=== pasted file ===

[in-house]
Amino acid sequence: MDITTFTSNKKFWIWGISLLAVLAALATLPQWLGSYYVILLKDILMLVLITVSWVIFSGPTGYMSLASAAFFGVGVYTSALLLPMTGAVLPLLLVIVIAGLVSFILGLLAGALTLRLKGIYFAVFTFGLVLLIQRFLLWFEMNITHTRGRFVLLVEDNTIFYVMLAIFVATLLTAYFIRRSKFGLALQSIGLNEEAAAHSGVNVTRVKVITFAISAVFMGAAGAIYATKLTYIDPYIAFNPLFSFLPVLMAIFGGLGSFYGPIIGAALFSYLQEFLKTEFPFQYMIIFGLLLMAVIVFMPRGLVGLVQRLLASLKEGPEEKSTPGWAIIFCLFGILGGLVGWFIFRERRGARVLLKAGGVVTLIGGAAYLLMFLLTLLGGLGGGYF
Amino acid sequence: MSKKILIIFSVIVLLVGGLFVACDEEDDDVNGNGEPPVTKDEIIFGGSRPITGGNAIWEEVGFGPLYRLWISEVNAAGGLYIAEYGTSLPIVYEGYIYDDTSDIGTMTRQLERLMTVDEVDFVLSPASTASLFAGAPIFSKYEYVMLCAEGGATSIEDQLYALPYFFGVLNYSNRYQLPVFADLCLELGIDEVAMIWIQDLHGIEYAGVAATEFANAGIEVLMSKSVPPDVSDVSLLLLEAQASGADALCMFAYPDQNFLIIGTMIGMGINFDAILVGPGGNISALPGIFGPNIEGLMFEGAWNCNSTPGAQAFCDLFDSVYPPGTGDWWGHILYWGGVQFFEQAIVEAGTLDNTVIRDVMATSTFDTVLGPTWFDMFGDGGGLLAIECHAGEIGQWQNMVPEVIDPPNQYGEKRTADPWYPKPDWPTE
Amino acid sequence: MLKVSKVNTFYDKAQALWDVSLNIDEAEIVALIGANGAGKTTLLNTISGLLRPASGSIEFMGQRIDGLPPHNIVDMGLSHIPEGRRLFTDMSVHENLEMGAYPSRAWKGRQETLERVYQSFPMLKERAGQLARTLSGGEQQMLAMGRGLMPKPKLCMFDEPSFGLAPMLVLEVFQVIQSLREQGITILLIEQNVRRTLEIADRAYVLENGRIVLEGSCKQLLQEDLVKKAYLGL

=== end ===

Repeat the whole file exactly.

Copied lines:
[in-house]
Amino acid sequence: MDITTFTSNKKFWIWGISLLAVLAALATLPQWLGSYYVILLKDILMLVLITVSWVIFSGPTGYMSLASAAFFGVGVYTSALLLPMTGAVLPLLLVIVIAGLVSFILGLLAGALTLRLKGIYFAVFTFGLVLLIQRFLLWFEMNITHTRGRFVLLVEDNTIFYVMLAIFVATLLTAYFIRRSKFGLALQSIGLNEEAAAHSGVNVTRVKVITFAISAVFMGAAGAIYATKLTYIDPYIAFNPLFSFLPVLMAIFGGLGSFYGPIIGAALFSYLQEFLKTEFPFQYMIIFGLLLMAVIVFMPRGLVGLVQRLLASLKEGPEEKSTPGWAIIFCLFGILGGLVGWFIFRERRGARVLLKAGGVVTLIGGAAYLLMFLLTLLGGLGGGYF
Amino acid sequence: MSKKILIIFSVIVLLVGGLFVACDEEDDDVNGNGEPPVTKDEIIFGGSRPITGGNAIWEEVGFGPLYRLWISEVNAAGGLYIAEYGTSLPIVYEGYIYDDTSDIGTMTRQLERLMTVDEVDFVLSPASTASLFAGAPIFSKYEYVMLCAEGGATSIEDQLYALPYFFGVLNYSNRYQLPVFADLCLELGIDEVAMIWIQDLHGIEYAGVAATEFANAGIEVLMSKSVPPDVSDVSLLLLEAQASGADALCMFAYPDQNFLIIGTMIGMGINFDAILVGPGGNISALPGIFGPNIEGLMFEGAWNCNSTPGAQAFCDLFDSVYPPGTGDWWGHILYWGGVQFFEQAIVEAGTLDNTVIRDVMATSTFDTVLGPTWFDMFGDGGGLLAIECHAGEIGQWQNMVPEVIDPPNQYGEKRTADPWYPKPDWPTE
Amino acid sequence: MLKVSKVNTFYDKAQALWDVSLNIDEAEIVALIGANGAGKTTLLNTISGLLRPASGSIEFMGQRIDGLPPHNIVDMGLSHIPEGRRLFTDMSVHENLEMGAYPSRAWKGRQETLERVYQSFPMLKERAGQLARTLSGGEQQMLAMGRGLMPKPKLCMFDEPSFGLAPMLVLEVFQVIQSLREQGITILLIEQNVRRTLEIADRAYVLENGRIVLEGSCKQLLQEDLVKKAYLGL